If you embark on your Mexico project, perhaps this colour map of Mexican state governorships will help: I dont know how it corresponds with Parliamentary representation of each of the three principal parties.

    • inoljt says:

      I don’t know too much about Mexican electoral geography. But I’m fairly certain that if Mexico and the United States were suddenly to become one, the differences between the PRI, the PAN, and the PRD would become insignificant compared to the vast gulf between the American part and the Mexican part of the union. It would be akin to Southern politics; all Mexicans voting one way, all Americans voting another.

      • Brett Heffner says:

        There would be no oversimplified voting in Mexico even less so than in Canada! There is such a multipolitisation in Mexico and we have no reliable means of translating it into US results! Im not saying that you should abandon the idea, but that you should study Mexican politics if so interested. It is a WAY taller order than you accepted with Canada. I shall attempt to break Canada down shortly. I appreciate the thoughts that count, but lets keep it reasonably manageable. Lets be friendly neighbours.—BDH

  2. Brett Heffner says:

    I dont know how Manitoba would go, but I did say in the first part that GWB would definitely carry Alberta and Newfoundland. I also believe that McCain would do the same. Come to think of it, the map of the actual 2004 outcome plus a blue Canada is reminiscent of the humourous “Jesusland” map, which can be viewed at Just imagine if the Kerry states did secede and form a union with Canada—Kerry would keep our current capital while Bush would relocate his to his choice of Texas city.

    • inoljt says:

      Why and how would Bush and McCain “definitely carry Alberta and Newfoundland?”

      • Walter says:

        Alberta is Texas, without the Mexicans.

        Seriously though, Alberta (and much of the plains region) has been the most conservative area of Canada for decades. It has much similar with the rural areas of Texas and our own plains states, such as the oil and cattle industries, and it also has an individualistic streak. They love black gold (Edmonton Oilers), and they love their beef. They even love rodeo!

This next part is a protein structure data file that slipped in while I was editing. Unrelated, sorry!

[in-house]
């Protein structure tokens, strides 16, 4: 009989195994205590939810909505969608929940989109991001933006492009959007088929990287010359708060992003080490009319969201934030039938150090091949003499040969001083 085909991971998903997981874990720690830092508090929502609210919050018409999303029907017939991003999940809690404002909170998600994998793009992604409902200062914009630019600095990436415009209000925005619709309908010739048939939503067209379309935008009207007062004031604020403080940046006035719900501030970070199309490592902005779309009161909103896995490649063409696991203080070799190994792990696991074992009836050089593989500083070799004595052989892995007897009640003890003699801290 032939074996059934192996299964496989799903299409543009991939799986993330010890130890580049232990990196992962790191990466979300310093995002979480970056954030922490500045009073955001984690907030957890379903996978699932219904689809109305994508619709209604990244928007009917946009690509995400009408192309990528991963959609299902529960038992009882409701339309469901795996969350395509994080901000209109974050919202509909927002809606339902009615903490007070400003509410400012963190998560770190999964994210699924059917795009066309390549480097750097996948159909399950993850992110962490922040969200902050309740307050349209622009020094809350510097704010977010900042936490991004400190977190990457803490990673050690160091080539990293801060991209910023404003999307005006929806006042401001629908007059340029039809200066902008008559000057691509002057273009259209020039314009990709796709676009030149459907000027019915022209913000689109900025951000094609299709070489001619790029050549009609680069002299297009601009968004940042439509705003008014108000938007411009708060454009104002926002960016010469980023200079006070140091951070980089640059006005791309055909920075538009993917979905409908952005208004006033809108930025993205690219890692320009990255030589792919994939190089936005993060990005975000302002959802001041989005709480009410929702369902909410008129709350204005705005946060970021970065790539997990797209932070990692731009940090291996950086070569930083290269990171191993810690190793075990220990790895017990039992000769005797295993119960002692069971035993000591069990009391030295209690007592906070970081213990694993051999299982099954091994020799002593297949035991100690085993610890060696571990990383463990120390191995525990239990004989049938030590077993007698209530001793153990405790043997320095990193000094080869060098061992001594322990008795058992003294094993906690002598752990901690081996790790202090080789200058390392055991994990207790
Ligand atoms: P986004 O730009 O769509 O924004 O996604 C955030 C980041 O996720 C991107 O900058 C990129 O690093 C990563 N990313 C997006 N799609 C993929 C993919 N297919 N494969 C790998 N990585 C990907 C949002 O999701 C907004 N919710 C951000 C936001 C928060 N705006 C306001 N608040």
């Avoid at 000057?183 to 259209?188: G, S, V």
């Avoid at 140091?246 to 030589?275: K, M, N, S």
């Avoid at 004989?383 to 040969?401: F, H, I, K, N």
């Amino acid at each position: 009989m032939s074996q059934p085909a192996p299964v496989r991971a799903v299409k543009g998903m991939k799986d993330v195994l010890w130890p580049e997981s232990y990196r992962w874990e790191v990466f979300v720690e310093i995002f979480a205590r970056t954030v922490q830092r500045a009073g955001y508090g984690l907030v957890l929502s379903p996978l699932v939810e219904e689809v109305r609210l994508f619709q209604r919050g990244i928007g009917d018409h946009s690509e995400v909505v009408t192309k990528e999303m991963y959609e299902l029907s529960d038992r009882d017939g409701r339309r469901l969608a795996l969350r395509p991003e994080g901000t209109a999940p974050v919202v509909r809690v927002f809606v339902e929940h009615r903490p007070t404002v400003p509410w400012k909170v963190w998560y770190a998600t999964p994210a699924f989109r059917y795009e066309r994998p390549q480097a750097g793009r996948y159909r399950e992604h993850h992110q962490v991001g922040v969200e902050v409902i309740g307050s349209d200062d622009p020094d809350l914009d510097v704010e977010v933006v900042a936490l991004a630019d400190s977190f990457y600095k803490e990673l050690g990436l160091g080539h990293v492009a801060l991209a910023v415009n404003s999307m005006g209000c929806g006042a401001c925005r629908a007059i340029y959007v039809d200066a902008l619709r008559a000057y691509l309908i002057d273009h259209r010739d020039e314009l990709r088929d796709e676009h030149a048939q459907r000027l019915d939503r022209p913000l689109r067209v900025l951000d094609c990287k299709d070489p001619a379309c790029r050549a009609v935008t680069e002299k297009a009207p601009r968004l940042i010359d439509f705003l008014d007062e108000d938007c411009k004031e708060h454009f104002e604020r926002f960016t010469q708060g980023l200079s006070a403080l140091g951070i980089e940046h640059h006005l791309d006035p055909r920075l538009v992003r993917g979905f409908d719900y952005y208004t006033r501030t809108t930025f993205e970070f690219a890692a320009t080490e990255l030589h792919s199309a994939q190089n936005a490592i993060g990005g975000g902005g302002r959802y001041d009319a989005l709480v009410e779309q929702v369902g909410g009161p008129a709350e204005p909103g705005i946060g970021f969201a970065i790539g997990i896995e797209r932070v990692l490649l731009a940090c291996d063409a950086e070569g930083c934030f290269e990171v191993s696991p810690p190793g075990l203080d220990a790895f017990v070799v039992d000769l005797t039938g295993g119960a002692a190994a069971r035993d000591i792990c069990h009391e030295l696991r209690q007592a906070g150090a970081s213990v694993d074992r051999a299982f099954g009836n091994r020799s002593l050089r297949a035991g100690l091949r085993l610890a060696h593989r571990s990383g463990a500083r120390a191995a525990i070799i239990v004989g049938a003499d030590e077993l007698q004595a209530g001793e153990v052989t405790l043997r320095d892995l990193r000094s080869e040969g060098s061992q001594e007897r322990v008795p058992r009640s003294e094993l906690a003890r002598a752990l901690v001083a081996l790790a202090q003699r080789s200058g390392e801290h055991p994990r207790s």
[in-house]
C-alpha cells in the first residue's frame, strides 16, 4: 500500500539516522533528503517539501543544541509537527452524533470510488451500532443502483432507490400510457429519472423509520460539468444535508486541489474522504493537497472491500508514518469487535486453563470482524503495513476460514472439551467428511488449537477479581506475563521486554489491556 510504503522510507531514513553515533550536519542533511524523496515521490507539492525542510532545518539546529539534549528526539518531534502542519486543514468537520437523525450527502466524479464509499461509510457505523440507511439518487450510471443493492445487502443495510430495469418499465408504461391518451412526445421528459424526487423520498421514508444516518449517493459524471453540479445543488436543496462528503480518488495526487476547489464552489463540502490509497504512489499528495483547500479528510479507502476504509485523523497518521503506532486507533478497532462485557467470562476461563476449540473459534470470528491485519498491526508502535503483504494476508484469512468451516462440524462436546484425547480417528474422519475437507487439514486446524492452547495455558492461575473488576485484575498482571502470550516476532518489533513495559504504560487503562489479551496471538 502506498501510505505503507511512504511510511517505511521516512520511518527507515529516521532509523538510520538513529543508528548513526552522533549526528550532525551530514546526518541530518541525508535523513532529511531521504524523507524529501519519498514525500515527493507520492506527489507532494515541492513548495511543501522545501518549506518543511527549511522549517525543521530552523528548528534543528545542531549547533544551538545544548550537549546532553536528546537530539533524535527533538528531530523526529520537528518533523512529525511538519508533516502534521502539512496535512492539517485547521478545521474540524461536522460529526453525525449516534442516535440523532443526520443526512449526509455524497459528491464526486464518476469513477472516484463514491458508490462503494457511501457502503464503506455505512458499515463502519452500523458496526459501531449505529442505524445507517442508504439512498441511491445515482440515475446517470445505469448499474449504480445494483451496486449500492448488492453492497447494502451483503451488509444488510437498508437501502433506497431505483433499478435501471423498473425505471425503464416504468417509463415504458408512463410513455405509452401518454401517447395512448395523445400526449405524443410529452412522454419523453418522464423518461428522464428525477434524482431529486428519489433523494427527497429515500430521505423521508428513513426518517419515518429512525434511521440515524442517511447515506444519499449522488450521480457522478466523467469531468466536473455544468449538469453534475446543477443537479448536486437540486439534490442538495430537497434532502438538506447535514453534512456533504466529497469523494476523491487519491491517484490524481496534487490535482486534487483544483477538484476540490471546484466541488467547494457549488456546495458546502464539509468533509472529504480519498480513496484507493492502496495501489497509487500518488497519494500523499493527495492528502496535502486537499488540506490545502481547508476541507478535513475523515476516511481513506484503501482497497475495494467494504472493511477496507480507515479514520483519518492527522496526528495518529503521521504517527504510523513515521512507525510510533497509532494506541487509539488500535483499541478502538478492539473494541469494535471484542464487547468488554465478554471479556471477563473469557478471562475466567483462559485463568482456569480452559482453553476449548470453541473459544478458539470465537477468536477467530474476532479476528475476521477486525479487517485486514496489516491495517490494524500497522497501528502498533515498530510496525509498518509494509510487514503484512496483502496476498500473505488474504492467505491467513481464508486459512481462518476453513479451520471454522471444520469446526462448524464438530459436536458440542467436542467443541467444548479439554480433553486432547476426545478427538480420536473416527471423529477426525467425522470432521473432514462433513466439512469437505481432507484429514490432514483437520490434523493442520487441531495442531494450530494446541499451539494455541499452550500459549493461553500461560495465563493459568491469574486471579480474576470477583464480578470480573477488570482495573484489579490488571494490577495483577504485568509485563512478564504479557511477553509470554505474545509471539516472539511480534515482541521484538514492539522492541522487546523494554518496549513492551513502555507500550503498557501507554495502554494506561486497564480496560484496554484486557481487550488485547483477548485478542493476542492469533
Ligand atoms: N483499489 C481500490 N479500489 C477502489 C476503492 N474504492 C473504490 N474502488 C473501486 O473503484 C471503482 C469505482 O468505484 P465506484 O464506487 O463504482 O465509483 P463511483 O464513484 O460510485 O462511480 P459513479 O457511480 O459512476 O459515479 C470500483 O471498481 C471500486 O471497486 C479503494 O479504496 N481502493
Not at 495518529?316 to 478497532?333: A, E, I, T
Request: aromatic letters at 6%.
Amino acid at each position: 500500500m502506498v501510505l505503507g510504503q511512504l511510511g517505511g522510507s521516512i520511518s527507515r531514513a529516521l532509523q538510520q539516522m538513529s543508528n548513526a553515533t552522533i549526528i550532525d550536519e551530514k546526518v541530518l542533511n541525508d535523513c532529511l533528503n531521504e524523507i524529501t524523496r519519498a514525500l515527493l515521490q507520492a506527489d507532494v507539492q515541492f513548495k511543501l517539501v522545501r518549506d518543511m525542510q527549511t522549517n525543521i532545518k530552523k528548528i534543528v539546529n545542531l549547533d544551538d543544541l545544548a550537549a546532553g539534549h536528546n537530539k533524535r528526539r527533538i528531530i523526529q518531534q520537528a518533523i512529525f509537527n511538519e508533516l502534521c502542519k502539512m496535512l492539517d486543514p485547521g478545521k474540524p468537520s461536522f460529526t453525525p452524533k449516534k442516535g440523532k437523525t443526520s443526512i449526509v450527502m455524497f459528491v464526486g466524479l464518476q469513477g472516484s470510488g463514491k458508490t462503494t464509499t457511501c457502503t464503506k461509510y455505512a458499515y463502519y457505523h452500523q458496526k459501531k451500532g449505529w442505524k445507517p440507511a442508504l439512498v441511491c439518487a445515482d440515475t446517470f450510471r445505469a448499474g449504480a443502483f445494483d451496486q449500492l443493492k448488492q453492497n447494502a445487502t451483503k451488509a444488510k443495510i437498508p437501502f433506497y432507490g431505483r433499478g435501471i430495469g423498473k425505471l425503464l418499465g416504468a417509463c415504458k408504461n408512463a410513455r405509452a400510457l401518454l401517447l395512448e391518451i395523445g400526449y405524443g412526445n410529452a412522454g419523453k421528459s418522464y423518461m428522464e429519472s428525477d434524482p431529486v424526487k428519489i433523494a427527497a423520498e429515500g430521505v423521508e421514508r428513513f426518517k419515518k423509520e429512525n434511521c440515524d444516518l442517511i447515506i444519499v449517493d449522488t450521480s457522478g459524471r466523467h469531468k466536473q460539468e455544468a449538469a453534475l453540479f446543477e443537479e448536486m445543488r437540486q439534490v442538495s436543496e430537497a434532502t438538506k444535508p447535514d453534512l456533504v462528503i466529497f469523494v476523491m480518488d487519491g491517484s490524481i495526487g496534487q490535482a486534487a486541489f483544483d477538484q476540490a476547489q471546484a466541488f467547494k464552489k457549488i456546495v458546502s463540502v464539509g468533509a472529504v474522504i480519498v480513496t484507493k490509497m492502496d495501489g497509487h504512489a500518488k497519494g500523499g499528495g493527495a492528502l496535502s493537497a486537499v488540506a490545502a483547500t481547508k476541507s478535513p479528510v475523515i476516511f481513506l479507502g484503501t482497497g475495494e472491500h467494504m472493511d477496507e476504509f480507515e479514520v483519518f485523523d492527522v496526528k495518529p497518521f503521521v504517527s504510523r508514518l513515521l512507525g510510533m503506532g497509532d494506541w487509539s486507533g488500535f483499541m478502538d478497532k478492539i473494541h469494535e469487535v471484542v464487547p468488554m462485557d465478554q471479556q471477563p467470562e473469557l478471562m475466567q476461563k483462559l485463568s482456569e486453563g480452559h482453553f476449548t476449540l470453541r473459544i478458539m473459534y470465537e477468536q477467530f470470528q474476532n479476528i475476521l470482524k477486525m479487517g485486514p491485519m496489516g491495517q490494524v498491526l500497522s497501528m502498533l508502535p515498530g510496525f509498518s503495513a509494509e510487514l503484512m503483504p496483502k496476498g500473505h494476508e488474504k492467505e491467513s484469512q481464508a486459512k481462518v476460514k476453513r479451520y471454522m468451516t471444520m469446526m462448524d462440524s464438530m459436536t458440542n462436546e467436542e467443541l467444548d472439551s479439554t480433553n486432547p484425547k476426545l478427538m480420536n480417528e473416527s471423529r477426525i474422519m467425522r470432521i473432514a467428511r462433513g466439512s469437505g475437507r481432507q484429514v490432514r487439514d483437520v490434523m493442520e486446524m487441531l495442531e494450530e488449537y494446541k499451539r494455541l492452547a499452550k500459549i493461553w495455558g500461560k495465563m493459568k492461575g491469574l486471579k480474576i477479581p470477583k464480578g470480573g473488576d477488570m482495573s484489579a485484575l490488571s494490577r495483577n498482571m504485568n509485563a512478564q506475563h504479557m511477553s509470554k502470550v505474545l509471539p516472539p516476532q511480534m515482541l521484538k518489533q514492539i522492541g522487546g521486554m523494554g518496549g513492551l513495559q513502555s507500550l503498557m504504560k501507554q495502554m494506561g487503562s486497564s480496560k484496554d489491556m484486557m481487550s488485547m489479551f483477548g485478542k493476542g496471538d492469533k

Other areas of Canada are quite analogous (at least in political preference) to cross-border American areas, for obvious reasons; for instance British Columbia is similar to Washington or Oregon (complete with conservative insular areas away from the liberal coast), Southern Ontario outside Toronto to our Midwest (Rust Belt manufacturing), Saskatchewan and Manitoba to our own “bread basket,” the Maritimes to northern New England, etc. The cities- Toronto, Winnipeg, Hamilton- tend to be liberal, just as they are here, while the traditional suburbs are swingy.

        Quebec is the really the only area of Canada with any substantial population that has no American analogue, but it has always been socially and economically liberal, so it’s political performance could be surmised.

  3. random reader says:

    Abit superficial by just adding 50 electoral votes to represent Canada as a whole. Although Ontario and British Columbia are quite liberal, Alberta and Manitoba are more conservative and I would wager could be winnable by a Republican. Dividing electoral votes by Canadian provinces would probably blunt the Democratic advantage even more.

    • inoljt says:

      You are right, it is a bit superficial because as an ignorant American I know nothing about Canadian politics. Notice how I centered the map around the United States, even though Canada is much bigger geographically. 😉

      On a more serious basis, any links or useful context on why and how “Alberta and Manitoba are more conservative?”

  4. Jon in CUO says:

    Great series. Patiently waiting for your Mexican follow-up..